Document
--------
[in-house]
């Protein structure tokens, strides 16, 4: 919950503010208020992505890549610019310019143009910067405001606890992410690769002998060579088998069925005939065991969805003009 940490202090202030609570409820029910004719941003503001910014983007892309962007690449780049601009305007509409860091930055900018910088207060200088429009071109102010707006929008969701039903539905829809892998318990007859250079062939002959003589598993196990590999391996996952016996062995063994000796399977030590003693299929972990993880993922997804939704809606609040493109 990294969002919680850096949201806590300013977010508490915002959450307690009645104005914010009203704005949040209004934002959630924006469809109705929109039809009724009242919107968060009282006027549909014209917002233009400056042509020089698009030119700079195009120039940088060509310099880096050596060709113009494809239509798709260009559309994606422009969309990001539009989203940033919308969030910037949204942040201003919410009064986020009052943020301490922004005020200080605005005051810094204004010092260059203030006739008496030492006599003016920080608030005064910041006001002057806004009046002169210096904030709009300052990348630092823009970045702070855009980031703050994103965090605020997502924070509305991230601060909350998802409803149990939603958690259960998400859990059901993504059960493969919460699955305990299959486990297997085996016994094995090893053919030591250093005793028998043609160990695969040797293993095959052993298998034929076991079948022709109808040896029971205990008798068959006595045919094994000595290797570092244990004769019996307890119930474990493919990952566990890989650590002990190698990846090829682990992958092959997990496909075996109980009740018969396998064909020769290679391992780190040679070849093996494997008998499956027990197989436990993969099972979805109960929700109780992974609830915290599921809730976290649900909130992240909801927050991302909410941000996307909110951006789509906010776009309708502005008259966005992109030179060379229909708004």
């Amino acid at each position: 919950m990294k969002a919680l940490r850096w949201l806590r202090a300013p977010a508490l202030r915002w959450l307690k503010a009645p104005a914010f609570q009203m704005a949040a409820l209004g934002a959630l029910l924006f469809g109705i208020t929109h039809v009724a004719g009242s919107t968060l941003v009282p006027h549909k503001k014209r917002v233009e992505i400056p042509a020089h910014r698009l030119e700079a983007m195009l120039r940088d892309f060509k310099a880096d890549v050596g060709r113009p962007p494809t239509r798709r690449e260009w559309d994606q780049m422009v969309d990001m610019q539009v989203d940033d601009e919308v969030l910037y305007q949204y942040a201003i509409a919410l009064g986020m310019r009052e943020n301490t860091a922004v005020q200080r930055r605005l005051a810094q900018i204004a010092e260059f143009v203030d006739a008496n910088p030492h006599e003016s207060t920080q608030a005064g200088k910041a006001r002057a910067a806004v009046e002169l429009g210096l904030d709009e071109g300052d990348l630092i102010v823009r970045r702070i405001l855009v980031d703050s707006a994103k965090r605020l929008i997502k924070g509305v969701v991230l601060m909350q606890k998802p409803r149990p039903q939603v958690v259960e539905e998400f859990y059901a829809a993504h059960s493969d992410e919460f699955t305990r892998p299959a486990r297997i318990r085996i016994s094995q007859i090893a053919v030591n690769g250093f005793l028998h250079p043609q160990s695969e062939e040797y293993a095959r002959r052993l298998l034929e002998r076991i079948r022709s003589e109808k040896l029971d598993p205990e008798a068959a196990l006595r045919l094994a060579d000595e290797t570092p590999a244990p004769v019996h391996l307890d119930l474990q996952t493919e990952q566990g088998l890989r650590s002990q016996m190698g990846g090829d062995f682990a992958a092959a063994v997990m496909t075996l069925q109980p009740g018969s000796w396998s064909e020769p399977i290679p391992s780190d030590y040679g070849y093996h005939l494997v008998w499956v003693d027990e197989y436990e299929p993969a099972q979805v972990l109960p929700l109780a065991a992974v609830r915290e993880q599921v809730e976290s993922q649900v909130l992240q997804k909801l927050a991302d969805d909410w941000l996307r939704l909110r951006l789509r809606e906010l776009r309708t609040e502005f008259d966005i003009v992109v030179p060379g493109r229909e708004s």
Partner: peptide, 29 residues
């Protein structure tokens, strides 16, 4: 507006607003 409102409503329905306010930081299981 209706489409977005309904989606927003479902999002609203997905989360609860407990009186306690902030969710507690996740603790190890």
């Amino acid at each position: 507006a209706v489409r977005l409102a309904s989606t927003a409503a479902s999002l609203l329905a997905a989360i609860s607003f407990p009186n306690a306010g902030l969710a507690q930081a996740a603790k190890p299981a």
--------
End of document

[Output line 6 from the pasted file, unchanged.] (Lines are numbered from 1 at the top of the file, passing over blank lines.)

């Amino acid at each position: 507006a209706v489409r977005l409102a309904s989606t927003a409503a479902s999002l609203l329905a997905a989360i609860s607003f407990p009186n306690a306010g902030l969710a507690q930081a996740a603790k190890p299981a």